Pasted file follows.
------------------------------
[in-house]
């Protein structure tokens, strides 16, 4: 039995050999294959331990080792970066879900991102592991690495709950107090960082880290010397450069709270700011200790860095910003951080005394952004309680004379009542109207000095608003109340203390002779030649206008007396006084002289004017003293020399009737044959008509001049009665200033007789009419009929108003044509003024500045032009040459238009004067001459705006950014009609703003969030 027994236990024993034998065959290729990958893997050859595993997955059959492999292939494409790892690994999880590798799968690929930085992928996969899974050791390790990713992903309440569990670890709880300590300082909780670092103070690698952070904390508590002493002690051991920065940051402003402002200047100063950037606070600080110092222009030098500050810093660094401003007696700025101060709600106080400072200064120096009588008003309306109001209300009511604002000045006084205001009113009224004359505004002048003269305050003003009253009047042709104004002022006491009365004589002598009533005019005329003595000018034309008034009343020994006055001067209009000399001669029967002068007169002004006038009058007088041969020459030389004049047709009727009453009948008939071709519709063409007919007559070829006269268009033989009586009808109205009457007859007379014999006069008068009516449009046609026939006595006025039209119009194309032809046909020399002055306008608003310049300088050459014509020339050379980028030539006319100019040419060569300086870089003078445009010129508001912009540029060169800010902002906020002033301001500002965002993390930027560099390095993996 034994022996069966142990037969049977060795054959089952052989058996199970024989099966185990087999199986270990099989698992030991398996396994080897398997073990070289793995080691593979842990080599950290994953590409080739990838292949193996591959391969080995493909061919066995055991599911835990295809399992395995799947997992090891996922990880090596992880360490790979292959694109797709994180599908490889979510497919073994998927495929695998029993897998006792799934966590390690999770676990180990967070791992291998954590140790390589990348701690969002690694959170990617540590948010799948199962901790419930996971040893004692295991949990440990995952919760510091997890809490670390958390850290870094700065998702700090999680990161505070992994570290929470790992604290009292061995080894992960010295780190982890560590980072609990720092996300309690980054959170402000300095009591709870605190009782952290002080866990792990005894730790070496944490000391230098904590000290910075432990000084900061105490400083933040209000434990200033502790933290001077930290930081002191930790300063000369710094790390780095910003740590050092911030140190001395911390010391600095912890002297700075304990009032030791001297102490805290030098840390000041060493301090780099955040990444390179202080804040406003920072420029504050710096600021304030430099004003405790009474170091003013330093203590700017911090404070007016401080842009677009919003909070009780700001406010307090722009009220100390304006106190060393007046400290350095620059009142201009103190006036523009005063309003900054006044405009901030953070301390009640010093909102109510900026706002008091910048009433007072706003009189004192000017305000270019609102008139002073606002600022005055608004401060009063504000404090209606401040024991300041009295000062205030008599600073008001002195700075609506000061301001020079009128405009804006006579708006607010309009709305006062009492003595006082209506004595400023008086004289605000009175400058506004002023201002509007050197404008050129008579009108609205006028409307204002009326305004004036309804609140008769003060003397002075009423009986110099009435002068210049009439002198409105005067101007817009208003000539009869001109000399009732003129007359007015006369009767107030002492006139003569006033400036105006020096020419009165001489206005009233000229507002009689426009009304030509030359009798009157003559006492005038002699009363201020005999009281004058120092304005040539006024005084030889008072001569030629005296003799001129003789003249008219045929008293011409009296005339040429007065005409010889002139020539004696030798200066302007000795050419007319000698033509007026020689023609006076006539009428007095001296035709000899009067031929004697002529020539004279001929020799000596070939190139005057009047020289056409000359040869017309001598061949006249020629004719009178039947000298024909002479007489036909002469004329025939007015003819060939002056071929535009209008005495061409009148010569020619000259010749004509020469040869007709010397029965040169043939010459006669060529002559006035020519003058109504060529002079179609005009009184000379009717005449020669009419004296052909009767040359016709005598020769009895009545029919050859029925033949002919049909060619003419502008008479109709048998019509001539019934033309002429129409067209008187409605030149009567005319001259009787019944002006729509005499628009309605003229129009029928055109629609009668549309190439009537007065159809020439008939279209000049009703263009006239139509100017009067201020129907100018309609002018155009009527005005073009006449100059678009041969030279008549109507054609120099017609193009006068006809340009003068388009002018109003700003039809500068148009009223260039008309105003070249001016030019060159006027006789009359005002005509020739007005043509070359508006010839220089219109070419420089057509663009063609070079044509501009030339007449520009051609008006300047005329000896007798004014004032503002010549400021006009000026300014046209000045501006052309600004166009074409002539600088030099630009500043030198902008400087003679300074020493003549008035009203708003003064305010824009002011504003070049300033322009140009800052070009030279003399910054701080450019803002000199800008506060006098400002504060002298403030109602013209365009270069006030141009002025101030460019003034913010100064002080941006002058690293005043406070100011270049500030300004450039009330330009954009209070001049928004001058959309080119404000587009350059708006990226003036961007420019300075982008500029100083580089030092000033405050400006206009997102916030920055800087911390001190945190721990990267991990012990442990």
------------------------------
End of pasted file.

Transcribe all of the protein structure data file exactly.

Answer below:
[in-house]
């Protein structure tokens, strides 16, 4: 039995050999294959331990080792970066879900991102592991690495709950107090960082880290010397450069709270700011200790860095910003951080005394952004309680004379009542109207000095608003109340203390002779030649206008007396006084002289004017003293020399009737044959008509001049009665200033007789009419009929108003044509003024500045032009040459238009004067001459705006950014009609703003969030 027994236990024993034998065959290729990958893997050859595993997955059959492999292939494409790892690994999880590798799968690929930085992928996969899974050791390790990713992903309440569990670890709880300590300082909780670092103070690698952070904390508590002493002690051991920065940051402003402002200047100063950037606070600080110092222009030098500050810093660094401003007696700025101060709600106080400072200064120096009588008003309306109001209300009511604002000045006084205001009113009224004359505004002048003269305050003003009253009047042709104004002022006491009365004589002598009533005019005329003595000018034309008034009343020994006055001067209009000399001669029967002068007169002004006038009058007088041969020459030389004049047709009727009453009948008939071709519709063409007919007559070829006269268009033989009586009808109205009457007859007379014999006069008068009516449009046609026939006595006025039209119009194309032809046909020399002055306008608003310049300088050459014509020339050379980028030539006319100019040419060569300086870089003078445009010129508001912009540029060169800010902002906020002033301001500002965002993390930027560099390095993996 034994022996069966142990037969049977060795054959089952052989058996199970024989099966185990087999199986270990099989698992030991398996396994080897398997073990070289793995080691593979842990080599950290994953590409080739990838292949193996591959391969080995493909061919066995055991599911835990295809399992395995799947997992090891996922990880090596992880360490790979292959694109797709994180599908490889979510497919073994998927495929695998029993897998006792799934966590390690999770676990180990967070791992291998954590140790390589990348701690969002690694959170990617540590948010799948199962901790419930996971040893004692295991949990440990995952919760510091997890809490670390958390850290870094700065998702700090999680990161505070992994570290929470790992604290009292061995080894992960010295780190982890560590980072609990720092996300309690980054959170402000300095009591709870605190009782952290002080866990792990005894730790070496944490000391230098904590000290910075432990000084900061105490400083933040209000434990200033502790933290001077930290930081002191930790300063000369710094790390780095910003740590050092911030140190001395911390010391600095912890002297700075304990009032030791001297102490805290030098840390000041060493301090780099955040990444390179202080804040406003920072420029504050710096600021304030430099004003405790009474170091003013330093203590700017911090404070007016401080842009677009919003909070009780700001406010307090722009009220100390304006106190060393007046400290350095620059009142201009103190006036523009005063309003900054006044405009901030953070301390009640010093909102109510900026706002008091910048009433007072706003009189004192000017305000270019609102008139002073606002600022005055608004401060009063504000404090209606401040024991300041009295000062205030008599600073008001002195700075609506000061301001020079009128405009804006006579708006607010309009709305006062009492003595006082209506004595400023008086004289605000009175400058506004002023201002509007050197404008050129008579009108609205006028409307204002009326305004004036309804609140008769003060003397002075009423009986110099009435002068210049009439002198409105005067101007817009208003000539009869001109000399009732003129007359007015006369009767107030002492006139003569006033400036105006020096020419009165001489206005009233000229507002009689426009009304030509030359009798009157003559006492005038002699009363201020005999009281004058120092304005040539006024005084030889008072001569030629005296003799001129003789003249008219045929008293011409009296005339040429007065005409010889002139020539004696030798200066302007000795050419007319000698033509007026020689023609006076006539009428007095001296035709000899009067031929004697002529020539004279001929020799000596070939190139005057009047020289056409000359040869017309001598061949006249020629004719009178039947000298024909002479007489036909002469004329025939007015003819060939002056071929535009209008005495061409009148010569020619000259010749004509020469040869007709010397029965040169043939010459006669060529002559006035020519003058109504060529002079179609005009009184000379009717005449020669009419004296052909009767040359016709005598020769009895009545029919050859029925033949002919049909060619003419502008008479109709048998019509001539019934033309002429129409067209008187409605030149009567005319001259009787019944002006729509005499628009309605003229129009029928055109629609009668549309190439009537007065159809020439008939279209000049009703263009006239139509100017009067201020129907100018309609002018155009009527005005073009006449100059678009041969030279008549109507054609120099017609193009006068006809340009003068388009002018109003700003039809500068148009009223260039008309105003070249001016030019060159006027006789009359005002005509020739007005043509070359508006010839220089219109070419420089057509663009063609070079044509501009030339007449520009051609008006300047005329000896007798004014004032503002010549400021006009000026300014046209000045501006052309600004166009074409002539600088030099630009500043030198902008400087003679300074020493003549008035009203708003003064305010824009002011504003070049300033322009140009800052070009030279003399910054701080450019803002000199800008506060006098400002504060002298403030109602013209365009270069006030141009002025101030460019003034913010100064002080941006002058690293005043406070100011270049500030300004450039009330330009954009209070001049928004001058959309080119404000587009350059708006990226003036961007420019300075982008500029100083580089030092000033405050400006206009997102916030920055800087911390001190945190721990990267991990012990442990």